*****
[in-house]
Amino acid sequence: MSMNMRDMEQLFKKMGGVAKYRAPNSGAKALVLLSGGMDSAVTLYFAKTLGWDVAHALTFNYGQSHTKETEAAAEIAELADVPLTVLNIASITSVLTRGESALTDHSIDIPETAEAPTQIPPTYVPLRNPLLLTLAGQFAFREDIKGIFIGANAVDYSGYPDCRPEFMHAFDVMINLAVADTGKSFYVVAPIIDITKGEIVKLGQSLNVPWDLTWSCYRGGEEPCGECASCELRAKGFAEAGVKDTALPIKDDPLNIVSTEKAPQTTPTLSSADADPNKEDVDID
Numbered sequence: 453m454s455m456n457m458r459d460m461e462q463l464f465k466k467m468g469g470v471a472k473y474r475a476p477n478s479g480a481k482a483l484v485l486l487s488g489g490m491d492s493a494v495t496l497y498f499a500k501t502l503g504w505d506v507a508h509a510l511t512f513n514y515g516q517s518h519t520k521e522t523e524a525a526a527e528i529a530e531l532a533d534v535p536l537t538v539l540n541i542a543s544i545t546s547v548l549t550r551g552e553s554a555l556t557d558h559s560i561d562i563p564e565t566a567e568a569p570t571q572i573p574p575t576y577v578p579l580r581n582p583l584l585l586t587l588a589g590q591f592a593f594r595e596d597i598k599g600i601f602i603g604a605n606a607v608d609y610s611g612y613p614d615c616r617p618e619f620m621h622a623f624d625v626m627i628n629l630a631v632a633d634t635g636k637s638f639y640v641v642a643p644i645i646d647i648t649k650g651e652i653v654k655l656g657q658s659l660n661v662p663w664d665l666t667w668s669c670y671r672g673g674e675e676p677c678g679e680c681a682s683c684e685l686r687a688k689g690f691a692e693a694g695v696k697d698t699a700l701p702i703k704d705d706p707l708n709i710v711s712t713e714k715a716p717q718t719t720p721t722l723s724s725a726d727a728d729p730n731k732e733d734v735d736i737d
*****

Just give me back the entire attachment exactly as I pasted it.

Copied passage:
[in-house]
Amino acid sequence: MSMNMRDMEQLFKKMGGVAKYRAPNSGAKALVLLSGGMDSAVTLYFAKTLGWDVAHALTFNYGQSHTKETEAAAEIAELADVPLTVLNIASITSVLTRGESALTDHSIDIPETAEAPTQIPPTYVPLRNPLLLTLAGQFAFREDIKGIFIGANAVDYSGYPDCRPEFMHAFDVMINLAVADTGKSFYVVAPIIDITKGEIVKLGQSLNVPWDLTWSCYRGGEEPCGECASCELRAKGFAEAGVKDTALPIKDDPLNIVSTEKAPQTTPTLSSADADPNKEDVDID
Numbered sequence: 453m454s455m456n457m458r459d460m461e462q463l464f465k466k467m468g469g470v471a472k473y474r475a476p477n478s479g480a481k482a483l484v485l486l487s488g489g490m491d492s493a494v495t496l497y498f499a500k501t502l503g504w505d506v507a508h509a510l511t512f513n514y515g516q517s518h519t520k521e522t523e524a525a526a527e528i529a530e531l532a533d534v535p536l537t538v539l540n541i542a543s544i545t546s547v548l549t550r551g552e553s554a555l556t557d558h559s560i561d562i563p564e565t566a567e568a569p570t571q572i573p574p575t576y577v578p579l580r581n582p583l584l585l586t587l588a589g590q591f592a593f594r595e596d597i598k599g600i601f602i603g604a605n606a607v608d609y610s611g612y613p614d615c616r617p618e619f620m621h622a623f624d625v626m627i628n629l630a631v632a633d634t635g636k637s638f639y640v641v642a643p644i645i646d647i648t649k650g651e652i653v654k655l656g657q658s659l660n661v662p663w664d665l666t667w668s669c670y671r672g673g674e675e676p677c678g679e680c681a682s683c684e685l686r687a688k689g690f691a692e693a694g695v696k697d698t699a700l701p702i703k704d705d706p707l708n709i710v711s712t713e714k715a716p717q718t719t720p721t722l723s724s725a726d727a728d729p730n731k732e733d734v735d736i737d